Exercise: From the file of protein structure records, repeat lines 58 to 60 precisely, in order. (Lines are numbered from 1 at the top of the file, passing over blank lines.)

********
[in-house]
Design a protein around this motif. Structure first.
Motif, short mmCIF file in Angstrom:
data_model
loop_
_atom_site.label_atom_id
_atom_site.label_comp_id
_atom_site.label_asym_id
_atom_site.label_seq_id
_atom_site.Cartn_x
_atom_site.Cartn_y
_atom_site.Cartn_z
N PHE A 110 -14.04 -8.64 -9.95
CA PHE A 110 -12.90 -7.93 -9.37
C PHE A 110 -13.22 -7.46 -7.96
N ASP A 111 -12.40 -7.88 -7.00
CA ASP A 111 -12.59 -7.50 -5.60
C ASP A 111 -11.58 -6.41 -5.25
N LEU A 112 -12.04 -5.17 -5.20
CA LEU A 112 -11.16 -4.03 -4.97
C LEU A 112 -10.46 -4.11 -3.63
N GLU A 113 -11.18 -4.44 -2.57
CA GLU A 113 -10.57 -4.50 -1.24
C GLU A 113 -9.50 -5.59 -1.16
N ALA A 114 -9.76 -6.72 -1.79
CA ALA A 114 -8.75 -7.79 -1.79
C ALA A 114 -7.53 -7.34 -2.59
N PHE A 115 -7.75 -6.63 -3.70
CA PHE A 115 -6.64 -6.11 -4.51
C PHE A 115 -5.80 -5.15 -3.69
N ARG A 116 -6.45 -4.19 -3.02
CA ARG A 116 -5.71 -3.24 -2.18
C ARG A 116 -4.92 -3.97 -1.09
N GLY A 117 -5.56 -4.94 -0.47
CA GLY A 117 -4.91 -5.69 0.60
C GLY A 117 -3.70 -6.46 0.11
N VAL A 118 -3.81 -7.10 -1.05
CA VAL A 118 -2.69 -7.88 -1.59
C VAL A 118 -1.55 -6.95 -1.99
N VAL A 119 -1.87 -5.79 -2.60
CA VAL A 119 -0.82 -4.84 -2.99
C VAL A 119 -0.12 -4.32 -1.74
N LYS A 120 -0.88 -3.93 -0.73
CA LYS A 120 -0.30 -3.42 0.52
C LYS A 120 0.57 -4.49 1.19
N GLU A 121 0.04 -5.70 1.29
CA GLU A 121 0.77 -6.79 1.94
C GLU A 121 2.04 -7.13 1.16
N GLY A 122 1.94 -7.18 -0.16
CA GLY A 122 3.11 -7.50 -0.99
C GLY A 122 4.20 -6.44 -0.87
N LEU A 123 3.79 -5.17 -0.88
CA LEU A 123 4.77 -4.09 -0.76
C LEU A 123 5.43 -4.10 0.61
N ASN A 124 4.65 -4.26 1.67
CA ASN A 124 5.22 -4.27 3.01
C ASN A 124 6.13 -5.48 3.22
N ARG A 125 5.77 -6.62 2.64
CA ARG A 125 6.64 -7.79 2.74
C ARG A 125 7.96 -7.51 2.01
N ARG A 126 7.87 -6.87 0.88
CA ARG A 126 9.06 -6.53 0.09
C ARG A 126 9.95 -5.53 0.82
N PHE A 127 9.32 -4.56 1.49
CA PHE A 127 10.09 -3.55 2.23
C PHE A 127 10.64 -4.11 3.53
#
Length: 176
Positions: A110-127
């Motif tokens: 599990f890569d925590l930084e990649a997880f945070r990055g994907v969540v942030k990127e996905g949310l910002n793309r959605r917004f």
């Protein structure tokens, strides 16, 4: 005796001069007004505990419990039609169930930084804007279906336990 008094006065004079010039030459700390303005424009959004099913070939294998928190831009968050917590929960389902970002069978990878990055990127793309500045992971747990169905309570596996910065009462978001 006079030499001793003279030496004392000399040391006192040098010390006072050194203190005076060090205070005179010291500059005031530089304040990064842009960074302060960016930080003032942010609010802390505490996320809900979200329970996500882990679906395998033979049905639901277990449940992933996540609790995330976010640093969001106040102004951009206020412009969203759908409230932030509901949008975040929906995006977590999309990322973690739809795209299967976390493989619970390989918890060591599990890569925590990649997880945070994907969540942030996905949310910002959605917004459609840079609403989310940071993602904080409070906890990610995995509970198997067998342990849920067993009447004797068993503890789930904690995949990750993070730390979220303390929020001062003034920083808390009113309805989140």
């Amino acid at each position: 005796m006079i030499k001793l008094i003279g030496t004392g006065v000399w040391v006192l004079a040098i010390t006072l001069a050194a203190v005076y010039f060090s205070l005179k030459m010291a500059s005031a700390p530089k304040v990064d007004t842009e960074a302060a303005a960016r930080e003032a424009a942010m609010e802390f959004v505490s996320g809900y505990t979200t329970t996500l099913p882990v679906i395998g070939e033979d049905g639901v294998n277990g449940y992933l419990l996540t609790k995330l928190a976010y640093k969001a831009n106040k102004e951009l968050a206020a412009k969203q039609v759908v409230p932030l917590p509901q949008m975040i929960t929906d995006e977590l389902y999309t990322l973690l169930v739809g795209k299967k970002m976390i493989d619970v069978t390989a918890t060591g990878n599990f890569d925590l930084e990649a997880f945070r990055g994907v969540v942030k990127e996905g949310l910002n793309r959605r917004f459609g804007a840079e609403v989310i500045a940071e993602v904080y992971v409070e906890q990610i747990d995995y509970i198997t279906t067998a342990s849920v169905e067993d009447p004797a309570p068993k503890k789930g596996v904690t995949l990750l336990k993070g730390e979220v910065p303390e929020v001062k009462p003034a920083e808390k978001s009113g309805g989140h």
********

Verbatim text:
N ARG A 125 5.77 -6.62 2.64
CA ARG A 125 6.64 -7.79 2.74
C ARG A 125 7.96 -7.51 2.01